I'm pretty sure the majority of etailers have the same policy tbh. And it's obviously a major cause for concern for us buyers. It might be down to the motherboard manufacturers refusing the reject boards though.
     
  9. Xtrafresh

    Xtrafresh It never hurts to help

    Joined:
    27 Dec 2007
    Posts:
    2,999
    Likes Received:
    100
    Look up the fine print, bent pins are not covered by warranty, however unfair this may or may not be. BURNT pins due to high overclocking will 100% be denied, as it's double-not covered.

    It's a storm in a glass of water. They think they read something similar, and cry out the first relevant name they think could be the issue, and forget to check anything else.

    From the blog, it seems only one of his two samples has the damage, so he is claiming to have discovered structural problems on the basis of one defect. That alone is a load of horsedung already, and looking at the pictures, i fail to see anything burnt, it's just damaged. He should blame the reviewers that had the board before him, and possibly the PR rep that failed to test the board before sending it, but crying wolf about the whole socket on a structural basis is frankly just unprofessional. Why re-report this on the front page as if it's a genuine concern? We all KNOW the vast majority of the public are impressionable muppets, and they will be telling stories of the sucky foxconn sockets years from now :p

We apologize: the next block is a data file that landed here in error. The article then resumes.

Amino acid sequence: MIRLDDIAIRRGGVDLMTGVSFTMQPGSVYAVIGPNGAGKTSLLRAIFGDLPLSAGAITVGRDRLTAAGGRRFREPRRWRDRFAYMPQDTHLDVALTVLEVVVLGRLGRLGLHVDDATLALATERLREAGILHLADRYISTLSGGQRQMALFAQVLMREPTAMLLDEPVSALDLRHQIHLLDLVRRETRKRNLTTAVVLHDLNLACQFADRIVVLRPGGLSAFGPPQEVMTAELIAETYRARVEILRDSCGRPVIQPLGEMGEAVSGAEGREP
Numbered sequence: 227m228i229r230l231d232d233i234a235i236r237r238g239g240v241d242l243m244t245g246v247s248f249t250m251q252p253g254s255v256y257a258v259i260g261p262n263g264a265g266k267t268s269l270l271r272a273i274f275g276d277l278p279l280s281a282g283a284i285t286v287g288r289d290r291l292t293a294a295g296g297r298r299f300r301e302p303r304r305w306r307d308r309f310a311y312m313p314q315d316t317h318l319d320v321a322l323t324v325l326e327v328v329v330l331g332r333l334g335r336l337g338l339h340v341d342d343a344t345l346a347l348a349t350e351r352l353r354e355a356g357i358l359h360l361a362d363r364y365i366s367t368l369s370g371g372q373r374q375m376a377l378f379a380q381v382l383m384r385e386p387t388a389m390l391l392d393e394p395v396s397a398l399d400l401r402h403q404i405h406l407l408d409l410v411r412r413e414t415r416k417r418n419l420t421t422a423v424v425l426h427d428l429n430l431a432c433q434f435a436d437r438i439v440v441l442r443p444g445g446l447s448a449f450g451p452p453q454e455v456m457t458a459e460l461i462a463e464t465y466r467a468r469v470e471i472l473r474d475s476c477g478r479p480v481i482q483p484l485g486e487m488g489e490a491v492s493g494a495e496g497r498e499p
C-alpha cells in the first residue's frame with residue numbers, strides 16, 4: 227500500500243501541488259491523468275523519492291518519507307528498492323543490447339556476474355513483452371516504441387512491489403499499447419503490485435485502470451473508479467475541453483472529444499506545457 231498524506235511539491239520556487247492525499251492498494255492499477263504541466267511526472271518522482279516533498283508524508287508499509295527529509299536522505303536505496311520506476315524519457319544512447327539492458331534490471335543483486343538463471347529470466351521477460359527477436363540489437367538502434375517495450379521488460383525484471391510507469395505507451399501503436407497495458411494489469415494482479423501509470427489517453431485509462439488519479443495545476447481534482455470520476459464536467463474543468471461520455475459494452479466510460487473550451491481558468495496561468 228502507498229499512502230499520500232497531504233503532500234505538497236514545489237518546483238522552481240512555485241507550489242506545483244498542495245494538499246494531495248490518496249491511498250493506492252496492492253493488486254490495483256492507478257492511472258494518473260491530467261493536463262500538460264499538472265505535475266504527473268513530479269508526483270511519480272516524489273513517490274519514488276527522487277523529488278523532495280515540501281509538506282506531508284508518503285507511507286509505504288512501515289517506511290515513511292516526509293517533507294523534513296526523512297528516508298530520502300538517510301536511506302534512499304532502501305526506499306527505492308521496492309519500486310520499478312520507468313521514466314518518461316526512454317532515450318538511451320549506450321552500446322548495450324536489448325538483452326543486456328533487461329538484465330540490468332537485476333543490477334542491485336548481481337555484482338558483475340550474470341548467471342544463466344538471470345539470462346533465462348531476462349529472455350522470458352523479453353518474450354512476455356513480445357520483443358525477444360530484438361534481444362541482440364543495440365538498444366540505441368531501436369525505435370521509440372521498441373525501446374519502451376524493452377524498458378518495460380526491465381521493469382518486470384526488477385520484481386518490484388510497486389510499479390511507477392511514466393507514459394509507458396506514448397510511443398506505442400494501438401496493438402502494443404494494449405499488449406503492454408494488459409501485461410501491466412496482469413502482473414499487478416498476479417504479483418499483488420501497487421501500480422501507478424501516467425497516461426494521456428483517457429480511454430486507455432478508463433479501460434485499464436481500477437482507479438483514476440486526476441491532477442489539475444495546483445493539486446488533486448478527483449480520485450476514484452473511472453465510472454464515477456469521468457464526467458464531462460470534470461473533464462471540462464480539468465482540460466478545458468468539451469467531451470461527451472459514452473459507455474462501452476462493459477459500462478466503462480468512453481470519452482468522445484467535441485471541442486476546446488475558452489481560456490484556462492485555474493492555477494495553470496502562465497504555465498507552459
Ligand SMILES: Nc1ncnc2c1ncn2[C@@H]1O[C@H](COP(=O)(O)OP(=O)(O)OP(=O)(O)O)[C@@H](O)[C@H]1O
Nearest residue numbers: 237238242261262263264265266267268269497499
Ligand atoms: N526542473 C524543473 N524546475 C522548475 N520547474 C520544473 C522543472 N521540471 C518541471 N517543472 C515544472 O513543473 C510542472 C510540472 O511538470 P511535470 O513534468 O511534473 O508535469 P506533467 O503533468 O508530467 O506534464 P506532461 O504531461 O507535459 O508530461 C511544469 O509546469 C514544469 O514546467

10. maverik-sg1

    maverik-sg1 Member

    Joined:
    18 Aug 2010
    Posts:
    357
    Likes Received:
    1
    Speaking from experience, this was a problem before and could potetniallybe a problem again.

    I have built well over 30 LGA based systems, add into that cpu upgrades and we're talking 40+ in the last 5 or 6yrs. My RMA's have been from boards that have not generated faults immediately after installation, but rather weeks or months after running faultlessly - so then for some pre-pubescent Asshat to tell me that I put the cpu in wrong and this is my problem....it's insulting.

    The worst board for me was the ASUS P5K and in fact like I said previously one of these came with bent pins already......I only knew that because I insepcted it thouroughly prior to use, which then led me to believe that maybe, just maybe, the other faulty boards already had bent pins also? It was not something I thought I really needed to check before.

    If you compare sockets of later LGA775 boards to the earlier P5B or P5W you can see an apparent shift in robustness/quality. Sockets of any kind should be robust enough for the job at hand and it can be done.

    Most of these board promote overclocking and watercooling and some even extreme cooling - so users of these boards are expecting some support if/when something like this happens - at the very least, if a warranty is too flimsy - there should be a focus on offering socket replacements at a reasonable cost (£20 plus shipping) and a fast turnaround (10days).
     
Tags: Add Tags

Share This Page